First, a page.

The names Quincy Taylor, age 29 years, and Justin Eligon, 27, may have been known in their living community as good, bad or indifferent youths, but at some point in our growing, we all were a bit of each, and either merely grew and matured or grew and matured “well.” While growing/maturing, the famous question posed to many children is: “What do you want to be when you grow up?” and most times, we are clueless or state a career that we only know of superficially. Truly funny, though, very few of us evolve into what we really wanted to be.
Suffice it to say, Taylor and Eligon got their dream job, but also wanted to be stars with a different luminescence. After weighing the pros and the cons, prioritising, and making hard decisions, they eventually evolved into wearing a star instead becoming police officers #18479 Q Taylor and #20056 J Eligon, within the T&T Police Service, currently attached to the special unit Inter-Agency Task Force (IATF) and assigned to Team A of the Operations Hope programme.
Seventeen years combined service, and charged with the key responsibility to “deal with crime in areas which are deemed ‘hot spots’ for criminal activities,” which includes, in part, assisting residents within such neighbourhoods organise productive social activities, to strike a balance, other talents must emerge.
It was during a recent video documented by Supt (Ag) Roger D Alexander, of local television, prime-time talk show fame, where Taylor and Eligon revealed to the world their ability to, and long-standing love for singing, in response to questions fielded by Alexander in tapping into their inspiration and helping promote their tune, The Vaccine.
The Vaccine, which can be found on YouTube, “aims to help stop the blame game, encourage positivity, self-awareness and personal responsibility” during these trying times.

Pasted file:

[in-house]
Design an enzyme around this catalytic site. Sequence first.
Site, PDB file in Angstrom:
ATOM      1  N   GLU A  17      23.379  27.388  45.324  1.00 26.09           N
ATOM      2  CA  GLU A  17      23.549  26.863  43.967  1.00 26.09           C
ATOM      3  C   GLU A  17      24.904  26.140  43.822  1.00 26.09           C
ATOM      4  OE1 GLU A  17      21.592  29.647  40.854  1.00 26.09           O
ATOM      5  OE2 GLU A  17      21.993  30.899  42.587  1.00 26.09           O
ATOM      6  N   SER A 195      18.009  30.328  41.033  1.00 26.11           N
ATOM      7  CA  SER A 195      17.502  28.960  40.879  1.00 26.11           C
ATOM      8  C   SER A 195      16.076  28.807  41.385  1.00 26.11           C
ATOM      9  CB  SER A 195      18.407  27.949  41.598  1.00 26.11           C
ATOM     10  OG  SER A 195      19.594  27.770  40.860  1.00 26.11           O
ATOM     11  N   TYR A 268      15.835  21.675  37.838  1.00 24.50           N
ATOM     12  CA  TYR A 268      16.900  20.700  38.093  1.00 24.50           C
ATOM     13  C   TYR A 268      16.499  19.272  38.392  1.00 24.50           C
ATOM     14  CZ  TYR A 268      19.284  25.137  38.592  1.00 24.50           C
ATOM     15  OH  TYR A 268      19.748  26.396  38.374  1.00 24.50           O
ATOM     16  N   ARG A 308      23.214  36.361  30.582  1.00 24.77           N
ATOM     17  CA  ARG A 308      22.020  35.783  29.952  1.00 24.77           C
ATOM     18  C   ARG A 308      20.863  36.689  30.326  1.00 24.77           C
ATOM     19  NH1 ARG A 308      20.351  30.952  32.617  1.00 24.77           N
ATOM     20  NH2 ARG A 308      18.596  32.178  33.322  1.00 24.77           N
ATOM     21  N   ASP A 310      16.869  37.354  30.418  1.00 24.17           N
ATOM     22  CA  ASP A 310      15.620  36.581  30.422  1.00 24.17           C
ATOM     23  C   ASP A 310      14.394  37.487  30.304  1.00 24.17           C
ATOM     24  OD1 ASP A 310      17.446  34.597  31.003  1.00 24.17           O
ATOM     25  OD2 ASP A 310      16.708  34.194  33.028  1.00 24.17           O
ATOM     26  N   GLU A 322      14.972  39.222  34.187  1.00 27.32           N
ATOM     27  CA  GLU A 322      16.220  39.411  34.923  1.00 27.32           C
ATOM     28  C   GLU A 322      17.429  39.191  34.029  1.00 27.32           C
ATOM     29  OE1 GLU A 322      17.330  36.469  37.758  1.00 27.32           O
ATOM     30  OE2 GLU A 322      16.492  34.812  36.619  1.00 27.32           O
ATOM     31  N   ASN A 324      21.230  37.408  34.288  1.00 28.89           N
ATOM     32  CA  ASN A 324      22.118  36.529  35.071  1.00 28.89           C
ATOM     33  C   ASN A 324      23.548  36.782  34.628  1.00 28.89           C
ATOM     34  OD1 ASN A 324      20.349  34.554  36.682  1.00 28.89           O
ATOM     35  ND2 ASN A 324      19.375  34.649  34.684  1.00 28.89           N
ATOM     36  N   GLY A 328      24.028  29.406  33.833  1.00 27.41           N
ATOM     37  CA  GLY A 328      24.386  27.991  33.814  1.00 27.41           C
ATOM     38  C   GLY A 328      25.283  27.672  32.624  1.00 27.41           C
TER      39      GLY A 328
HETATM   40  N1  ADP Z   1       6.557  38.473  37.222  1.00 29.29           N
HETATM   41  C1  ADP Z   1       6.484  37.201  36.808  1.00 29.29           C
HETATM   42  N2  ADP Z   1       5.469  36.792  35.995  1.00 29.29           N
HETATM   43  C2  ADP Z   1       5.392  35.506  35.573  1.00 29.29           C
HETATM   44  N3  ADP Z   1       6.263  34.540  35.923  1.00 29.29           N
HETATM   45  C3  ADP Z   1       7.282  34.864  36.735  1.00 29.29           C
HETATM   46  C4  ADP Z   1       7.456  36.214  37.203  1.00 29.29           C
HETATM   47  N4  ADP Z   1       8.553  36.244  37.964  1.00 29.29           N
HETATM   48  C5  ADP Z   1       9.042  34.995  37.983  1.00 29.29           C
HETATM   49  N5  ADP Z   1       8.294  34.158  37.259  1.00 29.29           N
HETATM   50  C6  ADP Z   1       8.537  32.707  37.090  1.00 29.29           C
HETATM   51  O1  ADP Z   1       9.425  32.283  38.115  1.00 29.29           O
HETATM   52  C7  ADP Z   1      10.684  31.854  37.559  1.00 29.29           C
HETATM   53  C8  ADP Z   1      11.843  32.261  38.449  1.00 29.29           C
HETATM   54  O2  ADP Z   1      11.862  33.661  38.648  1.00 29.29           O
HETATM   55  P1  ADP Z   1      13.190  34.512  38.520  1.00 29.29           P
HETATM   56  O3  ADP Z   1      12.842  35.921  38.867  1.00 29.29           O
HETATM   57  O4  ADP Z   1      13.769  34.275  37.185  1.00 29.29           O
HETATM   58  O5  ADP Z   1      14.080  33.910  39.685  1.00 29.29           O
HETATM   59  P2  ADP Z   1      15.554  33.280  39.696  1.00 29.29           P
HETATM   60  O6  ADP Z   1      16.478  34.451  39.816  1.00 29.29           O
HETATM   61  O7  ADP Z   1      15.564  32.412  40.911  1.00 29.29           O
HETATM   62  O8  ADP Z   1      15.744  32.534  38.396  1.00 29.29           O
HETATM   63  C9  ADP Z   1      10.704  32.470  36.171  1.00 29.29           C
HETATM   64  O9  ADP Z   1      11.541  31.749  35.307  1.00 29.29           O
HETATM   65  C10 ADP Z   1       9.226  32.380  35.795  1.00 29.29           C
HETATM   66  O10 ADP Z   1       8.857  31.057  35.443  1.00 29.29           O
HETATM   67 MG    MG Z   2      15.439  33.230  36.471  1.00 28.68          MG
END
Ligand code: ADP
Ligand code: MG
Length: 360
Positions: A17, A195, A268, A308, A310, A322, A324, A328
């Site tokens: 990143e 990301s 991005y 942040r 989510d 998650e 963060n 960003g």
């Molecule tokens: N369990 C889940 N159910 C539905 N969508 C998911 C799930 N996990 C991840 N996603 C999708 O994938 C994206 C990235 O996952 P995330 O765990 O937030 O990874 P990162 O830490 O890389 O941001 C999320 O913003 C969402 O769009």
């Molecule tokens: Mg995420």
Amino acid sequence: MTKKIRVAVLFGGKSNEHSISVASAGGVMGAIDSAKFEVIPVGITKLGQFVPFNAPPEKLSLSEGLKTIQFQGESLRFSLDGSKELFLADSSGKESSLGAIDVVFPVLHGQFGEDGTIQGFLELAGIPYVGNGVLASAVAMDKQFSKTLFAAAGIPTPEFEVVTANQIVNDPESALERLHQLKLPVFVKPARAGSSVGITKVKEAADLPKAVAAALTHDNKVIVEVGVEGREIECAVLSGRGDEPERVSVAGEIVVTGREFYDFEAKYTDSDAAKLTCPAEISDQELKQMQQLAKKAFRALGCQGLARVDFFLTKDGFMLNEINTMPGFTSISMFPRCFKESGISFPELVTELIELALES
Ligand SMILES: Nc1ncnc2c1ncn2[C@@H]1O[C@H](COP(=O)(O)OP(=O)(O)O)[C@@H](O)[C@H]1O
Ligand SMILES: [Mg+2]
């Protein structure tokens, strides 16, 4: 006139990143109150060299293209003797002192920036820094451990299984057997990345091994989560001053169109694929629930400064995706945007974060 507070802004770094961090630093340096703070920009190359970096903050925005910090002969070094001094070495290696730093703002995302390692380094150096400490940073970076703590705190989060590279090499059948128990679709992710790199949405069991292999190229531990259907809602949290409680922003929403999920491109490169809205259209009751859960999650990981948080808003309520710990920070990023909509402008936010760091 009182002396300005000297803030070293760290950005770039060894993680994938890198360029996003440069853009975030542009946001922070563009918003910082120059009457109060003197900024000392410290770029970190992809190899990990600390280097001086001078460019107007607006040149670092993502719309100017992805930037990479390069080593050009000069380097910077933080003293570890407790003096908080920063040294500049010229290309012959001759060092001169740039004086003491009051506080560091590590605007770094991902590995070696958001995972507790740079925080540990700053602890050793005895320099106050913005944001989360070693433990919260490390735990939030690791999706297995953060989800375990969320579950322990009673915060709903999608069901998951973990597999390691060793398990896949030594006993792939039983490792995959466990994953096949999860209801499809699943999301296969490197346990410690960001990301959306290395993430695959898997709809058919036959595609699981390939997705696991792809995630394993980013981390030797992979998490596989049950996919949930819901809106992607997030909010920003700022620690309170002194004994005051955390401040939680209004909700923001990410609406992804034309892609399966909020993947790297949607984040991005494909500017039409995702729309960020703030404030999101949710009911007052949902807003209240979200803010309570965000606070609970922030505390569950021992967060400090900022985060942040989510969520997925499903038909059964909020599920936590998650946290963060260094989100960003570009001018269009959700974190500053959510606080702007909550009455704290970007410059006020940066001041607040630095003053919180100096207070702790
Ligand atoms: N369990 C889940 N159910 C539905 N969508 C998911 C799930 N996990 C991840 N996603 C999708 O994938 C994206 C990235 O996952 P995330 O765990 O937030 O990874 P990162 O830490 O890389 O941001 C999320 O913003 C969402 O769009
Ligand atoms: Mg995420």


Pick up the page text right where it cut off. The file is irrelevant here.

In observing the proliferation of breached COVID-19 safety advisories, while on the beat in east Port-of-Spain in April, Taylor felt compelled to revamp his reggae-flavoured 2017-composed tune, tweak it making it relevant to today, and help people correct themselves from an angle other than issuing cautions and arrests.
A performing artiste since school era and at the calypso tent (Calypso Revue) son of veteran calypsonian and former Young King and Calypso Monarch, Pink Panther (Eric Taylor), youth Taylor takes fashion from dad by adding colour to his sobriquet being Blue Panther, while Eligon, “Jus El,” who is also a performing artiste, boasts of always singing in the dorm when one day, Blue Panther was pleasantly surprised by his talent, and encouraged him to partner with him to bring The Vaccine to life.
Undaunted by a popular radio station’s disinterest in the tune though relevant today, claiming “it’s not good at this time; they are focusing on ‘zessing and hiphop’,” in same way the officers enforce laws, they vouch to continue enforcing positivity in the hearts and minds of all.
“We want the song to leave a good impression in hearts and on minds of all nationals and internationals; to do some introspection because at the end of the day, we are all in this together…. We are to check our self; examine our self; look in the mirror and see what we can do differently… to make this place we call sweet T&T a place we once knew as the ‘good old days’,” asserts Taylor.
Eligon states, “We could never complete the journey to solve any crime; solve issues/problems, well, if we continue to point fingers at each other. We have to look at how we do things and stop trying to go against what we (police) are trying to put in place.
“There are still many people who deliberately flout the safety orders, hide and still have limes…doing all the wrong things.”
Taylor and Eligon wish to thank their boss, Snr Supt Subrero, for his understanding, continued guidance and advice; Insp Marcus for the inspiration to release the song, their IATF colleagues for their unwavering support, and, leaving the best for last, Supt (Ag) Alexander, for the television interview and helping promote the song.
While some officers dance or play sport, some sing.